Dimension of Physical Quantities
All the derived physical quantities can be expressed in terms of some combination of the seven fundamental or base quantities. These base quantities are known as dimensions of the physical world, and are denoted with square bracket [ ]. The three dimensions in mechanics are [L] for length, [m] for mass and [T] for time. In electricity, [A] is the dimension of electric current. In thermodynamics, [K] is the dimension for the temperature. In optics [cd] or [Φ] is the dimension for luminous intensity. The dimension of amount of substance is [mol].
The dimensions of a physical quantity are the powers to which the units of base quantities are raised to represent a derived unit of that quantity.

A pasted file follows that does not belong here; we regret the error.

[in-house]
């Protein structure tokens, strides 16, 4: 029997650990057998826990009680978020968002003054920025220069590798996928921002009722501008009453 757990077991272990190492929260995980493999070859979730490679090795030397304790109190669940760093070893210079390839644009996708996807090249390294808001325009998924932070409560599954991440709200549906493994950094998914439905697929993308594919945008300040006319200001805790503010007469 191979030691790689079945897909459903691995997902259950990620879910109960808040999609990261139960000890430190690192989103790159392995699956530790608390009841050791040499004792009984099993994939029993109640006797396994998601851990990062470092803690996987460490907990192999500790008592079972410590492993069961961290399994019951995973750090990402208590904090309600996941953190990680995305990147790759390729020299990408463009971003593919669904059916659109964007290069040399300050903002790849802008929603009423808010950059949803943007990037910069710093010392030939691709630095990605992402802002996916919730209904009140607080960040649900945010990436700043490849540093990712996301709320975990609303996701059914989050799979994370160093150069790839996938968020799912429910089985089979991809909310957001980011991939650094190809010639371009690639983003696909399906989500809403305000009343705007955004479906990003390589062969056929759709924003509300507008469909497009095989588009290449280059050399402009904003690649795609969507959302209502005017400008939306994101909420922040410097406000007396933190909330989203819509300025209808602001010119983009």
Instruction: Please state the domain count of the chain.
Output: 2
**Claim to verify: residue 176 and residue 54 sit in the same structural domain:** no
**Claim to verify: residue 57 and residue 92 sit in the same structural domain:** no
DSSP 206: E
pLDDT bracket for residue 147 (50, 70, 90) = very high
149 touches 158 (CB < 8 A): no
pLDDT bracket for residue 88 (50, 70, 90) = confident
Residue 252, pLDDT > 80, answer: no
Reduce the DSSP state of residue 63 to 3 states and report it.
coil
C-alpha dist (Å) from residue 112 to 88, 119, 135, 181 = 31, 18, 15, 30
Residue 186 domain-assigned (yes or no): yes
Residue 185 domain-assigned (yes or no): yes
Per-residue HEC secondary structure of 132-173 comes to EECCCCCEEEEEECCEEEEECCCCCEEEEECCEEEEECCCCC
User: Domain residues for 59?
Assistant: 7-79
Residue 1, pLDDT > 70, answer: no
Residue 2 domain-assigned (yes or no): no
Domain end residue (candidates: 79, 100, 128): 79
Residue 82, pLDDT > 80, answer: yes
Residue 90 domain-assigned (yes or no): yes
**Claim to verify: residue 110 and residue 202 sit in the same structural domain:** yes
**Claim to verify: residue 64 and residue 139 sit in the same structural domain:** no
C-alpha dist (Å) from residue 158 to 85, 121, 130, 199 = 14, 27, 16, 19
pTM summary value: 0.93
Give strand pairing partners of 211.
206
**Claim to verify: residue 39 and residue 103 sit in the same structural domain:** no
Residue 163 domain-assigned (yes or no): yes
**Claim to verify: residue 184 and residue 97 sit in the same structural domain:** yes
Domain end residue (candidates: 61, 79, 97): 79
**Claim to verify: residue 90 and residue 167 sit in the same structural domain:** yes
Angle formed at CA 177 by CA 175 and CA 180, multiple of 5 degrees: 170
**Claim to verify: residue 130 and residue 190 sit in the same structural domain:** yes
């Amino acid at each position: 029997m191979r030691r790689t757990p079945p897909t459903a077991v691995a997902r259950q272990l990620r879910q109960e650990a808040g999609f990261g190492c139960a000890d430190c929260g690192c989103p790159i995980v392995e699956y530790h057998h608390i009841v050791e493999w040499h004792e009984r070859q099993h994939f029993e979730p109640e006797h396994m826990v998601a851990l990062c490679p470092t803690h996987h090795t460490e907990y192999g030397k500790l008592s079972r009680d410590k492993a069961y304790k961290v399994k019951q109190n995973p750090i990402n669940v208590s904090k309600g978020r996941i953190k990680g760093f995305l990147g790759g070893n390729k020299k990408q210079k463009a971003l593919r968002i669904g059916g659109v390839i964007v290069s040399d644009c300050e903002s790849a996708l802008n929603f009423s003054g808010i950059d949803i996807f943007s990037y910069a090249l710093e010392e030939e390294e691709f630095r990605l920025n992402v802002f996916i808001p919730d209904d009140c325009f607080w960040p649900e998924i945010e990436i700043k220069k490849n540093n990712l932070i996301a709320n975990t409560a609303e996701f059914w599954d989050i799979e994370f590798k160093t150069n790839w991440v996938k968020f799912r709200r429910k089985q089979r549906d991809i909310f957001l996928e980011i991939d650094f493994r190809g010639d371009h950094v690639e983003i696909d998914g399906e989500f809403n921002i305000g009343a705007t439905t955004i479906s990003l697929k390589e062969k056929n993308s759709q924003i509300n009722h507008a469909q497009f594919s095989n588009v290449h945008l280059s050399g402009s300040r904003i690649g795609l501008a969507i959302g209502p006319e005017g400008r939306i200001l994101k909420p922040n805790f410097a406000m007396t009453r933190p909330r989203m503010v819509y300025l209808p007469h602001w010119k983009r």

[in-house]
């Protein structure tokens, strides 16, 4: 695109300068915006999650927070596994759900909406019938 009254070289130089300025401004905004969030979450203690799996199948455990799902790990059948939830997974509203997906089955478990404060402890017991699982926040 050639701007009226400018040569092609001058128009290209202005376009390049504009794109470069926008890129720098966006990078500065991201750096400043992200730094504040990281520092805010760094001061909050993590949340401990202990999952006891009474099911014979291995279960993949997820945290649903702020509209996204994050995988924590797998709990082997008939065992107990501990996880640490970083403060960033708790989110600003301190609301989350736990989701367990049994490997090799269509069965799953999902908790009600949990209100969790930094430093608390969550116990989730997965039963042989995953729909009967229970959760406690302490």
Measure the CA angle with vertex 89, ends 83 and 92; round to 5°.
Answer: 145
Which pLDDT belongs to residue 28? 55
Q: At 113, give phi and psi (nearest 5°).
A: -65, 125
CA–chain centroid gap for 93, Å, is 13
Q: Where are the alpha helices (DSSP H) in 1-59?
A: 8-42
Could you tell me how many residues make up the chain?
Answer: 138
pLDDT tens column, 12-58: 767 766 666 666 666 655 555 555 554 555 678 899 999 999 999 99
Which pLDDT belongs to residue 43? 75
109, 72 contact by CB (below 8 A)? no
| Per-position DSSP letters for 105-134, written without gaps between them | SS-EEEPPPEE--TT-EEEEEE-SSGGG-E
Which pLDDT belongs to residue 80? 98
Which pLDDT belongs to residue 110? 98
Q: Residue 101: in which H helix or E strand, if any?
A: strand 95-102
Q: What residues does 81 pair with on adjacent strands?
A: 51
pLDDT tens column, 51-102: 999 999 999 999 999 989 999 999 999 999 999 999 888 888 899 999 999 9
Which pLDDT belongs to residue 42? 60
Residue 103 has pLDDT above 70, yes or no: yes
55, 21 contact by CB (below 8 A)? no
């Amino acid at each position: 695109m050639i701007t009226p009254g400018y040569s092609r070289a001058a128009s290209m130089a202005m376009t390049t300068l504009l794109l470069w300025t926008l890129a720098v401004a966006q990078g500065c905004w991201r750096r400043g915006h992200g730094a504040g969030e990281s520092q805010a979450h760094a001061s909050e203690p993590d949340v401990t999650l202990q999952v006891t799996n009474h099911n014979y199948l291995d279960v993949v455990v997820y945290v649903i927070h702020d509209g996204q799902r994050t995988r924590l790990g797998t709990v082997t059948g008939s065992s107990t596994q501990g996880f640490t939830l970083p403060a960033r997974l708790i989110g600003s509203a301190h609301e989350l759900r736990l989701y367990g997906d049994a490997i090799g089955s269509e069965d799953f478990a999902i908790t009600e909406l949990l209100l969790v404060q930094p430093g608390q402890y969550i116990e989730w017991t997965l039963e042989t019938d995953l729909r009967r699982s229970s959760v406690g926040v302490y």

Hence the dimensions of velocity are 0 in mass, 1 in length and -1 in time.
Dimensional formula is an expression which shows how and which of the fundamental units are required to represent the unit of a physical quantity.
For example, [M0LT−2] is the dimensional formula of acceleration.
When the dimensional formula of a physical quantity is expressed in the form of an equation, such an equation is known as the dimensional equation.
Example, acceleration = [M0LT−2]. The dimensional formula of various physical quantities are tabulated in Table 1.11.